Communication ethics and the internet: intercultural and localising influencers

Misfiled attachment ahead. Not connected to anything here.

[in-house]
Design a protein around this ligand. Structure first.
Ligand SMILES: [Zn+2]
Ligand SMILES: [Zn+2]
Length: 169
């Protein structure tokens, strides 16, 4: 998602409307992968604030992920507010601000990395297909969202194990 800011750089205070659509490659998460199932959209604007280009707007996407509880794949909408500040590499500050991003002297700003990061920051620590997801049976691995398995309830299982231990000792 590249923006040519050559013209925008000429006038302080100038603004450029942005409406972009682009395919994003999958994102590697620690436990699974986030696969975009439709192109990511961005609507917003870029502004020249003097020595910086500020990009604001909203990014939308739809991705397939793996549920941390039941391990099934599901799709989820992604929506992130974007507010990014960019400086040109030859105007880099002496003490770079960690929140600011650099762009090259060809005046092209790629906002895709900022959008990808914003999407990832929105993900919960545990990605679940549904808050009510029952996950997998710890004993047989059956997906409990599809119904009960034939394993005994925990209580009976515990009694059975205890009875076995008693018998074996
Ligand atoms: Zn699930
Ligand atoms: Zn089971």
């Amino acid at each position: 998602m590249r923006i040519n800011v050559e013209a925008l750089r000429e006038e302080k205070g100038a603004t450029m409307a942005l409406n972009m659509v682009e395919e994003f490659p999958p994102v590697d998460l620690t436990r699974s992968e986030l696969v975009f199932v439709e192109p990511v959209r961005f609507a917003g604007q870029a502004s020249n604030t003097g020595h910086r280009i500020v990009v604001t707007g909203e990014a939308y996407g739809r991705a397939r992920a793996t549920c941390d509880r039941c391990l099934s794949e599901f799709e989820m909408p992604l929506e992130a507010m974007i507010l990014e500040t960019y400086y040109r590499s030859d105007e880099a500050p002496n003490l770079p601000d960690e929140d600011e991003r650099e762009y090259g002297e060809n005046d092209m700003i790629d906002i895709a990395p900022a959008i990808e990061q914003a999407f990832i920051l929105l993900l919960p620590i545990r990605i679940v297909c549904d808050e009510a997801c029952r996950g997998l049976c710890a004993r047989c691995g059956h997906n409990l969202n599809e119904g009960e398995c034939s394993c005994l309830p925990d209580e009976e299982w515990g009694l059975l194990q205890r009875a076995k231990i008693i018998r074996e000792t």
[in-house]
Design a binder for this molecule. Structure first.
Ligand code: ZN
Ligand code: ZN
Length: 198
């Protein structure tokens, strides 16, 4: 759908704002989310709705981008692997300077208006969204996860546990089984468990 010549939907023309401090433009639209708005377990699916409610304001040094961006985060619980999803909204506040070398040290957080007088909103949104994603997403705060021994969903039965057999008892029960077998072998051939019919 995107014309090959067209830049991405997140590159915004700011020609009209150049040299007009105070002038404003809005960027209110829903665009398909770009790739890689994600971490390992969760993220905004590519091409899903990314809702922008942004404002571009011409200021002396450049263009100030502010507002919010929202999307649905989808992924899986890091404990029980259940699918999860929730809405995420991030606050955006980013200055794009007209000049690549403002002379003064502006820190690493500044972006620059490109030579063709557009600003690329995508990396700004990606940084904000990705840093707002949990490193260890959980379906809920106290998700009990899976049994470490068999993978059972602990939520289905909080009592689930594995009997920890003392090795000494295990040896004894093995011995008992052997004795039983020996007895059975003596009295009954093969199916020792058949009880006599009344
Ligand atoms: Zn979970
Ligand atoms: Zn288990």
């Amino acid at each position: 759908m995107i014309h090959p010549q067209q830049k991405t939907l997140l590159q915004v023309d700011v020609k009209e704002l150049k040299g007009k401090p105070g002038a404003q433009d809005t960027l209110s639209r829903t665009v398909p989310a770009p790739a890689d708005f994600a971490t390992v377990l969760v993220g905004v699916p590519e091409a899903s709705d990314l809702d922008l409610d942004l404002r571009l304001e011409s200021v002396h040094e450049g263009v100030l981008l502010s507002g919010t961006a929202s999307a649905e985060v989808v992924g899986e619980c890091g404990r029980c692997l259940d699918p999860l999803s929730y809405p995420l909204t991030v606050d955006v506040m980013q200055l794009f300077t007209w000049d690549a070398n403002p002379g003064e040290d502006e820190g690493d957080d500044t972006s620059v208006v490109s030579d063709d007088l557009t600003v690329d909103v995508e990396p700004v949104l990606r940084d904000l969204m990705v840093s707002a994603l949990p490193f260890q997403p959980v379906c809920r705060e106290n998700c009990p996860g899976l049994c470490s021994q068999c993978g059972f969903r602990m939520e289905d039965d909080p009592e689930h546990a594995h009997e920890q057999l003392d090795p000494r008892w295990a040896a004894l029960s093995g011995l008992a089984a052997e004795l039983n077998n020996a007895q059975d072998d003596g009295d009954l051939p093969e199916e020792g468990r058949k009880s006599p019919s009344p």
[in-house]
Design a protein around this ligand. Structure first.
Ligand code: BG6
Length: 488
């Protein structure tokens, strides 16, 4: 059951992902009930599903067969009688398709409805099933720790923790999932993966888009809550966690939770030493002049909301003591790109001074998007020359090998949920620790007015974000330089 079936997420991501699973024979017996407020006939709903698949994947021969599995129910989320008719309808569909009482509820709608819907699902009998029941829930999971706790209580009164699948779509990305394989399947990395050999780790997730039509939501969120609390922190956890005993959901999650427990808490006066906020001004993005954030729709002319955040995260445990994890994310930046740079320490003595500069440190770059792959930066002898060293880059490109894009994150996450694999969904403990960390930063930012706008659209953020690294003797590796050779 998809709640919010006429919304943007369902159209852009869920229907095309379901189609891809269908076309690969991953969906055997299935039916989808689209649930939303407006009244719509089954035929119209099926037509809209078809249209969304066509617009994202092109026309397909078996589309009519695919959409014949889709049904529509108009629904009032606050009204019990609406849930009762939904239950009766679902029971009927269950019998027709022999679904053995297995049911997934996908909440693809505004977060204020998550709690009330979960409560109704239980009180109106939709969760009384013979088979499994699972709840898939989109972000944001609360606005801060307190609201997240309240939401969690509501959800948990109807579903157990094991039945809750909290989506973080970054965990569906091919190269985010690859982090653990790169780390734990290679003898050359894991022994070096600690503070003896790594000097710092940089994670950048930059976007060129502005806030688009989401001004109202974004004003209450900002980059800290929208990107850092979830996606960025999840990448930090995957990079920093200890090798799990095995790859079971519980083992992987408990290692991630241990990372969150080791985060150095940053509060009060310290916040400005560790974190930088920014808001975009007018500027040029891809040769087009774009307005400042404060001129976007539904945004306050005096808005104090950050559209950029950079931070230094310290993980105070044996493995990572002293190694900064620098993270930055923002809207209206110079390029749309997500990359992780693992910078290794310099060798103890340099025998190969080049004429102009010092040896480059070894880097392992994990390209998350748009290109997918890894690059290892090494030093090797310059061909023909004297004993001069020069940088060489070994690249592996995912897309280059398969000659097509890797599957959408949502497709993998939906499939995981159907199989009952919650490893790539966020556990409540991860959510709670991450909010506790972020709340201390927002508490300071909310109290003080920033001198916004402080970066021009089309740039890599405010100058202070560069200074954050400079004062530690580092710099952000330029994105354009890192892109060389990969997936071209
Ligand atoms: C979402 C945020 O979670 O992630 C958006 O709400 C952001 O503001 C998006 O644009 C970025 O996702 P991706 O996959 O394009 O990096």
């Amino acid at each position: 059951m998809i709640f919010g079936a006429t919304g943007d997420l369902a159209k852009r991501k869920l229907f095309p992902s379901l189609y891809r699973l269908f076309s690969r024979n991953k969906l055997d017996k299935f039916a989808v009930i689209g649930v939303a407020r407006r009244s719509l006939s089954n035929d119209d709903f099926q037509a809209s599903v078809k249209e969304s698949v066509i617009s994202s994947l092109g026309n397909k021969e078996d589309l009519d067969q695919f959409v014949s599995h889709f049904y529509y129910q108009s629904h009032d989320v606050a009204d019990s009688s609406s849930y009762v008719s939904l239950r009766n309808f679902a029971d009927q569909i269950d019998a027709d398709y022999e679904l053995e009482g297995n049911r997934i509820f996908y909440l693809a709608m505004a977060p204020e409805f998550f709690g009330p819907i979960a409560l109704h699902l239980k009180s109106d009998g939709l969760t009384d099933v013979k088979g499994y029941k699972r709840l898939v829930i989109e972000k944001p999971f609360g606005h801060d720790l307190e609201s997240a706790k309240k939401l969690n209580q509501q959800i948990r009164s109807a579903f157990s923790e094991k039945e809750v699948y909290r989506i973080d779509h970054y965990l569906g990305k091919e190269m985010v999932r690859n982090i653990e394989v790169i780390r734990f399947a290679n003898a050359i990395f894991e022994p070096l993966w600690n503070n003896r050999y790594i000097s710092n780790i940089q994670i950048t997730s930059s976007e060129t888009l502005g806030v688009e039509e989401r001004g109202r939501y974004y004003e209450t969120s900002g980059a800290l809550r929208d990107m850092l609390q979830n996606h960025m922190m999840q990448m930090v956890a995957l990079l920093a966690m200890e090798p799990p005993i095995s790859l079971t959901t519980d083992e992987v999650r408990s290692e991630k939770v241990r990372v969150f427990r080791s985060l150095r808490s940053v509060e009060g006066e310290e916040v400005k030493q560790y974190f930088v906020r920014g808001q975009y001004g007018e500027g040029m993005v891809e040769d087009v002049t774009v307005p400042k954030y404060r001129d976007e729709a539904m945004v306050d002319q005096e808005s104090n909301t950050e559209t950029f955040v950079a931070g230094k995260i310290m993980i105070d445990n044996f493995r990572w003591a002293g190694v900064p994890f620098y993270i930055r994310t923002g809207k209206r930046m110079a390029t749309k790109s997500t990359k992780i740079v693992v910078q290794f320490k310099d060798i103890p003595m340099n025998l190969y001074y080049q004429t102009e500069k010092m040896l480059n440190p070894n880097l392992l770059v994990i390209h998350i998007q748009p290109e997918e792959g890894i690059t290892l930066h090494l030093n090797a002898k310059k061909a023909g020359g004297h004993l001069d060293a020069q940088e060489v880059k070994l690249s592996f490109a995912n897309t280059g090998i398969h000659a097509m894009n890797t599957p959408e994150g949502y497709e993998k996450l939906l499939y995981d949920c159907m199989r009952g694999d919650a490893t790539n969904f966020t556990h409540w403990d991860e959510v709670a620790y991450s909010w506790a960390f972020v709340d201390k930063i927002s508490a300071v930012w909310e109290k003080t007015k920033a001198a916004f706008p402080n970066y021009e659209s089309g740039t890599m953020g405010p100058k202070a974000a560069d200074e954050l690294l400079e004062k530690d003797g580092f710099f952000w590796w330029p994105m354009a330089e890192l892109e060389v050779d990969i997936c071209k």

In the information-technology powered twenty first century a general demand for more effectivecommunication is driving people to question the present, examine the past and to prognosticate the future.The ‘unique global media-information system’ – the Internet- is the central fact of a vast new complexity ofcommunication (mediated and unmediated) that is driving social-economic-political-religious- technologicalchange (seehttp://www.5systems.net) at a rate never experienced before. The premise of this paper is thatthe Internet can be better understood as the first complex global media with both democratic andauthoritarian possibilities, the full extent of which are still emergent. In respect of the symposium question,this paper suggests that Internet embedded communication theory can be used progressively as part of awidening and deepening approach to intercultural conversation, dialogue and debate. In theory, the localisingnature of the Internet can be read as part of a greater movement towards communitarian and communitycentred self-governance, local democracy and social self-sufficiency. There is considerable scope for a newtheory of society founded in localised ‘in-community communication’ practice supported by internationalhuman rights and effectively responsive to the asymmetric global information environment and congruentwith newly democratised local structures of self-governance.
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